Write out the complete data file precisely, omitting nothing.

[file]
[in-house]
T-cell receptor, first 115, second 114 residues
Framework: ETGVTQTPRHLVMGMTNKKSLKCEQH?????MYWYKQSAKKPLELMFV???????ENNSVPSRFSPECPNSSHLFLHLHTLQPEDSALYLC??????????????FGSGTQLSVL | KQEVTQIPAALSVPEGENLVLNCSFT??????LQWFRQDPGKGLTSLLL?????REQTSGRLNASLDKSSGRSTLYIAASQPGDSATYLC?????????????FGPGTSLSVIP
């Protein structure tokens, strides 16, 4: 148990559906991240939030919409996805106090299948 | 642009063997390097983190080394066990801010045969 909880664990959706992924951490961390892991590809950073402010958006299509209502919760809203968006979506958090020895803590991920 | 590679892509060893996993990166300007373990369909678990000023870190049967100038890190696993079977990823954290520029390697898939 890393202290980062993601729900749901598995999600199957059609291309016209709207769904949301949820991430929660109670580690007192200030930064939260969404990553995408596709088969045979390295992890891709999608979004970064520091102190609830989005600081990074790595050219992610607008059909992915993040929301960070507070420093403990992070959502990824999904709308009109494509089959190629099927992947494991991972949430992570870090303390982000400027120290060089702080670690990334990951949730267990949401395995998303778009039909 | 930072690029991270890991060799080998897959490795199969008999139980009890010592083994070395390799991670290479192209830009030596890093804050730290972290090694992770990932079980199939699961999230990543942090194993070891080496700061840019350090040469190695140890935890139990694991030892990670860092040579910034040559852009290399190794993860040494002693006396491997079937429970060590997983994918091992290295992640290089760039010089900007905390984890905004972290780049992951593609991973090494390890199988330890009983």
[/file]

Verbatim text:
[in-house]
T-cell receptor, first 115, second 114 residues
Framework: ETGVTQTPRHLVMGMTNKKSLKCEQH?????MYWYKQSAKKPLELMFV???????ENNSVPSRFSPECPNSSHLFLHLHTLQPEDSALYLC??????????????FGSGTQLSVL | KQEVTQIPAALSVPEGENLVLNCSFT??????LQWFRQDPGKGLTSLLL?????REQTSGRLNASLDKSSGRSTLYIAASQPGDSATYLC?????????????FGPGTSLSVIP
């Protein structure tokens, strides 16, 4: 148990559906991240939030919409996805106090299948 | 642009063997390097983190080394066990801010045969 909880664990959706992924951490961390892991590809950073402010958006299509209502919760809203968006979506958090020895803590991920 | 590679892509060893996993990166300007373990369909678990000023870190049967100038890190696993079977990823954290520029390697898939 890393202290980062993601729900749901598995999600199957059609291309016209709207769904949301949820991430929660109670580690007192200030930064939260969404990553995408596709088969045979390295992890891709999608979004970064520091102190609830989005600081990074790595050219992610607008059909992915993040929301960070507070420093403990992070959502990824999904709308009109494509089959190629099927992947494991991972949430992570870090303390982000400027120290060089702080670690990334990951949730267990949401395995998303778009039909 | 930072690029991270890991060799080998897959490795199969008999139980009890010592083994070395390799991670290479192209830009030596890093804050730290972290090694992770990932079980199939699961999230990543942090194993070891080496700061840019350090040469190695140890935890139990694991030892990670860092040579910034040559852009290399190794993860040494002693006396491997079937429970060590997983994918091992290295992640290089760039010089900007905390984890905004972290780049992951593609991973090494390890199988330890009983």